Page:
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Old 04-16-07, 08:02 AM
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Faylen Faylen is offline
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The problem is that different drugs work on different receptors, and that's why one drug may work for you and another won't, even though they both affect the same chemical. Someone who does great on one SSRI might have a horrible time on another because each affects a different serotonin receptor, which in turn will affect dopamine and norepinephrine levels later on because all three chemicals affect one another.

Now, it had occurred to Oliver Sacks to give certain patients l-dopa, and it worked for a while, and then the patients reverted back to their noncommunicative states. (A movie was made of this, I think it was called "Awakenings", but I don't know the title of Dr. Sacks' book.) The problem is that we don't know everything about the way the brain processes and/or blocks all of these chemicals. When I was on Wellbutrin and developed tics in my hands that resembled a Parkinson's-like tremor, it occurred to me as well that it should be looked into. Of course, I'd wager there are plenty of researchers out there who've figured that out already, and if it were that simple, there would already be a treatment.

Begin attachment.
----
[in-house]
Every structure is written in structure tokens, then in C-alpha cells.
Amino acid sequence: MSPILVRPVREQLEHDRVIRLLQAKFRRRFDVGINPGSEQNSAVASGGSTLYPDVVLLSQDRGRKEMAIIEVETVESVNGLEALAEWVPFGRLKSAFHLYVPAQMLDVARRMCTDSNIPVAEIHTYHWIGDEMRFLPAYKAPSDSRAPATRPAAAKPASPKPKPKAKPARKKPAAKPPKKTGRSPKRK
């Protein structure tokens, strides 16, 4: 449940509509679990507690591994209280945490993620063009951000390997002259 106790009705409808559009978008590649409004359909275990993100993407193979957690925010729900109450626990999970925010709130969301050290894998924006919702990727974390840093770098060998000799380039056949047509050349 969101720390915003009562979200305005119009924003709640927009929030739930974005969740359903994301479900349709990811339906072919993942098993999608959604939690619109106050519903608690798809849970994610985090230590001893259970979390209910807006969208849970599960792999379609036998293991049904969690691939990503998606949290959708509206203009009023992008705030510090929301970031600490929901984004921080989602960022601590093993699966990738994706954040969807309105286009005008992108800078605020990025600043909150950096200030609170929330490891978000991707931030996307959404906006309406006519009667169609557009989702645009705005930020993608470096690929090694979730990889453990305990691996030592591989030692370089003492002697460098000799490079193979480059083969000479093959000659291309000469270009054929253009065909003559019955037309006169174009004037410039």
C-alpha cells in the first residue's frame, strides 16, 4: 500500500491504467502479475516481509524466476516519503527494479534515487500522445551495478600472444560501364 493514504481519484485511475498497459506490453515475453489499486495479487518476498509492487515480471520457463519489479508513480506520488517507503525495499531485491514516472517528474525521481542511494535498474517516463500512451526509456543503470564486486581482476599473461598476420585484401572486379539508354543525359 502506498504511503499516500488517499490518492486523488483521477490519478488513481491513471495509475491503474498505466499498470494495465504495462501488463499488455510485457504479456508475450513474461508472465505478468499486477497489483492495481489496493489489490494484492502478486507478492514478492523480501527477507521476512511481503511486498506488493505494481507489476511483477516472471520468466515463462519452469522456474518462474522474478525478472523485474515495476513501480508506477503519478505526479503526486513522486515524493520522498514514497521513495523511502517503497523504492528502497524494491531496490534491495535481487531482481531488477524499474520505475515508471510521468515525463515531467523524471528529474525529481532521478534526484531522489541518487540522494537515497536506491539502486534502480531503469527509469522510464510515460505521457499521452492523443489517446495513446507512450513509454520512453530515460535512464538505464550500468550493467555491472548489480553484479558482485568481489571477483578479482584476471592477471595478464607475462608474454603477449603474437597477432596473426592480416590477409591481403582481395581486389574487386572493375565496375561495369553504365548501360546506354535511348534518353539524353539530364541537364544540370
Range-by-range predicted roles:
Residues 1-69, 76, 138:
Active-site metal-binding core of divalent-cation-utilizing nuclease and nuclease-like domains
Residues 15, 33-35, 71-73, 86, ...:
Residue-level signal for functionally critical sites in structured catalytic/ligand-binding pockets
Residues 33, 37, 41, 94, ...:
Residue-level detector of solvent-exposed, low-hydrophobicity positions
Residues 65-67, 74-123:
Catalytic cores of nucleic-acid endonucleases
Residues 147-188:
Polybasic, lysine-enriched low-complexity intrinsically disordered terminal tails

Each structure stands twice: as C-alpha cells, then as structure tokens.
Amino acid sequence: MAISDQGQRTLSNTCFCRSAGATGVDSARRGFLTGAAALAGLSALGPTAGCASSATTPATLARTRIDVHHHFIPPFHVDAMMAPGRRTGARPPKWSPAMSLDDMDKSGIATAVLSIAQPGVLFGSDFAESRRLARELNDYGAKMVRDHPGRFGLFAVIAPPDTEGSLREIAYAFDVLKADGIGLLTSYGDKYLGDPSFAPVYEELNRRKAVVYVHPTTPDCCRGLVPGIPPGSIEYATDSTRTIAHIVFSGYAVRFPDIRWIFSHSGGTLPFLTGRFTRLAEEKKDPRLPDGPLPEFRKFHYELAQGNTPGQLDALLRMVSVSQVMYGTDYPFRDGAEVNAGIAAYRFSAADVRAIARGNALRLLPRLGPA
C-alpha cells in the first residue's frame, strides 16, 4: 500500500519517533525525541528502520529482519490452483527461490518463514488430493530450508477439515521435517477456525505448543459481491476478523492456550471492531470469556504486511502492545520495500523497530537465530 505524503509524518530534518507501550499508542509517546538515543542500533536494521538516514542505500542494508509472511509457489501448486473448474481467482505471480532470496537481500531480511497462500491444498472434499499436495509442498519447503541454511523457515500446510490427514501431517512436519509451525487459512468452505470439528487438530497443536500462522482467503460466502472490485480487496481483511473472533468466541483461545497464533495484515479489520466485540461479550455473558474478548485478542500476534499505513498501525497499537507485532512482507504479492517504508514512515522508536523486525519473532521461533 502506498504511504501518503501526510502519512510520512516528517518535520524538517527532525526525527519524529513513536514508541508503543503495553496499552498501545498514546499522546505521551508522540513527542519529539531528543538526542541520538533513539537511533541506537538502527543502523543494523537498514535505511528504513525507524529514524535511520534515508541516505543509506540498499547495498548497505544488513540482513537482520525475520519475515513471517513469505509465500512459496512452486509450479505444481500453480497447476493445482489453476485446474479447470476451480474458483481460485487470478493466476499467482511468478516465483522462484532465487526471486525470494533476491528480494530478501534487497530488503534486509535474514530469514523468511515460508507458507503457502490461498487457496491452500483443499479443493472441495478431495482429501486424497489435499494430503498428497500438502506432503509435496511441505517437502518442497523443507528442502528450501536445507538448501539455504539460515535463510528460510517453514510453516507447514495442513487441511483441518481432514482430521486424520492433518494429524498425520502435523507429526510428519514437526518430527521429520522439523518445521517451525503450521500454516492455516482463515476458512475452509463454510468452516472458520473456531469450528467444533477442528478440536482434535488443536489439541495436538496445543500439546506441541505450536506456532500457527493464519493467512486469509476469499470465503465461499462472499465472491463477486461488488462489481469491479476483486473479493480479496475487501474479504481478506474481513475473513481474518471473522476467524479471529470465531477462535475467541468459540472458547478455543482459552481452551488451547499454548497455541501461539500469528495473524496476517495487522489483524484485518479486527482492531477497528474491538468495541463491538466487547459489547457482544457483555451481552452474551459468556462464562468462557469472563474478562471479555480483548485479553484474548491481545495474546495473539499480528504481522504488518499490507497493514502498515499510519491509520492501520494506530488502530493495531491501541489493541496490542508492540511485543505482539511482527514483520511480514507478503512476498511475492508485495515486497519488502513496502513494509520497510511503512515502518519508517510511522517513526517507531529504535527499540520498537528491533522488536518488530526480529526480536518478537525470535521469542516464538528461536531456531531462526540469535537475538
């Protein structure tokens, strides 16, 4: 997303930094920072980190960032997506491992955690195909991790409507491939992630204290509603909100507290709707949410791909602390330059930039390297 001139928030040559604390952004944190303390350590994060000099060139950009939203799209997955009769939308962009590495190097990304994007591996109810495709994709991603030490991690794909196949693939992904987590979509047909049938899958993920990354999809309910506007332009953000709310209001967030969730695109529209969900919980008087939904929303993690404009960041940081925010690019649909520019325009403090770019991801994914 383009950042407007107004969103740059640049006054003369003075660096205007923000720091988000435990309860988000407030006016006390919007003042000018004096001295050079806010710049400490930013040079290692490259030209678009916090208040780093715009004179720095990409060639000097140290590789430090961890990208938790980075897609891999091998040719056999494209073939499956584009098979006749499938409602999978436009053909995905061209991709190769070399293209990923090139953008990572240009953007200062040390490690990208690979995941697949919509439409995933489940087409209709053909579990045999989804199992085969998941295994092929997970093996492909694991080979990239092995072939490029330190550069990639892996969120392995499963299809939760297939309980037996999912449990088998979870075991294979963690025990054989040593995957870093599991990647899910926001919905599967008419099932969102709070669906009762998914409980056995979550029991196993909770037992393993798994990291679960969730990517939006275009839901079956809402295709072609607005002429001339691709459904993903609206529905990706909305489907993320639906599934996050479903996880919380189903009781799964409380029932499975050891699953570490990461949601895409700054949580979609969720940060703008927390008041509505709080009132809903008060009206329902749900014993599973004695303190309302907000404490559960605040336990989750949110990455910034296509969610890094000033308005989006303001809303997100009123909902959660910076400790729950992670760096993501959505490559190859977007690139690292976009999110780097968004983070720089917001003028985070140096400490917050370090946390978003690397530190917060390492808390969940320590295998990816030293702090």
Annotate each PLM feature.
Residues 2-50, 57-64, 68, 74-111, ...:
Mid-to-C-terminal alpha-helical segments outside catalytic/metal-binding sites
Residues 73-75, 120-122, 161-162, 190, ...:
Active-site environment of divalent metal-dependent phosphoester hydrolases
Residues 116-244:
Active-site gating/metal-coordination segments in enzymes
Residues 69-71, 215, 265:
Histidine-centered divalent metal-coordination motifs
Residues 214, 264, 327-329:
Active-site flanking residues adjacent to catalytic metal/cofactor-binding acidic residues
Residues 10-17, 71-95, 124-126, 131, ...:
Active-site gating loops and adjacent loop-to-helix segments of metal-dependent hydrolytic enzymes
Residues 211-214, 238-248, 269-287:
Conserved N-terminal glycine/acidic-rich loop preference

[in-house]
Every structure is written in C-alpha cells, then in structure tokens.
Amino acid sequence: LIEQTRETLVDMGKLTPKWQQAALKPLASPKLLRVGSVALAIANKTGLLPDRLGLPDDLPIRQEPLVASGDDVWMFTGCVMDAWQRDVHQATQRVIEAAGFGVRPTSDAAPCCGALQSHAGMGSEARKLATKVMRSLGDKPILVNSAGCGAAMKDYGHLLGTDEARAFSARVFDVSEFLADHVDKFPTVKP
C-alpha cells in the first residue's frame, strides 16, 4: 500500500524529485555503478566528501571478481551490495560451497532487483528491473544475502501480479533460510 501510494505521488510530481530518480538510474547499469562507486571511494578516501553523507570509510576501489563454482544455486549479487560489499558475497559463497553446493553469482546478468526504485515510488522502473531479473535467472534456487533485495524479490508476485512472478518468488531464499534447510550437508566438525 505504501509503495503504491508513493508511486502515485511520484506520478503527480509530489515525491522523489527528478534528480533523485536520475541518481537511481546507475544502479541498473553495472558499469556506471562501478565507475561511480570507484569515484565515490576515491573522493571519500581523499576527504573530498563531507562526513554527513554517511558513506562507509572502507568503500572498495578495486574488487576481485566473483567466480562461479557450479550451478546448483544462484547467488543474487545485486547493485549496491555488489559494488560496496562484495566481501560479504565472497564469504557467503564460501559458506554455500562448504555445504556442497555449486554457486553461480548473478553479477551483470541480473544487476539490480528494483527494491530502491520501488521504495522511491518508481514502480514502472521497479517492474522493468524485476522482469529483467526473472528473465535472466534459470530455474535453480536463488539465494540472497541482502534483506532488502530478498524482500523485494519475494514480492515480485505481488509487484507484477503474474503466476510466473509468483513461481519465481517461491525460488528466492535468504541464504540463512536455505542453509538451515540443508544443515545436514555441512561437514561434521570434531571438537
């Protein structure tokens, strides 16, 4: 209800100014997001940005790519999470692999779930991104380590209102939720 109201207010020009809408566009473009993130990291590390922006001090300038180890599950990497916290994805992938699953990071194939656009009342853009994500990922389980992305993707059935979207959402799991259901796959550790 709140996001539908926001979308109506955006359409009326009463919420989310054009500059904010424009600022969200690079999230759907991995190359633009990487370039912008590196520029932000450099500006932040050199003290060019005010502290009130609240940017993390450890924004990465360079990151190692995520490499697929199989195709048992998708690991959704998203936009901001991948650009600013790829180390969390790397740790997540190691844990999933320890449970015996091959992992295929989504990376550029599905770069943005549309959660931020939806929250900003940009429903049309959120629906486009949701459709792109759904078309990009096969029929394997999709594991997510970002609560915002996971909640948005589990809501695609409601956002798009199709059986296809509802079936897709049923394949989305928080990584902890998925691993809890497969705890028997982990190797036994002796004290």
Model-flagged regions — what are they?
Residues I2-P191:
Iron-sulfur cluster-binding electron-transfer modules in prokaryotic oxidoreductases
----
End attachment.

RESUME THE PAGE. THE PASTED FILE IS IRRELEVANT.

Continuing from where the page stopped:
I know that there are illegal recreational drugs out there that can permanently disable the receptors for serotonin, and I'd imagine that a lot of these neurological conditions involve receptor damage, so no matter how much of a medication you're given, nothing will change. Add in individual body chemistry and workings, and you have even more variables. Plus, the brain is only recently being effectively mapped, and its complexity is pretty daunting. Most of what neurobiologists are doing for people with depression, ADD, autism, schizophrenia, and so on is like a game of darts. You take your favorite dart, which has hit the target faithfully over and over and give it a throw - no matter how balanced and perfectly aimed, there's still a chance it's not going to hit the bullseye. Fortunately, though, the technology is still being explored, new treatments are always being tested, so with the ever-growing aresenal there's a chance that a medication that didn't work for someone will soon be joined by one that hits the mark. All we can do is keep trying and not give up.
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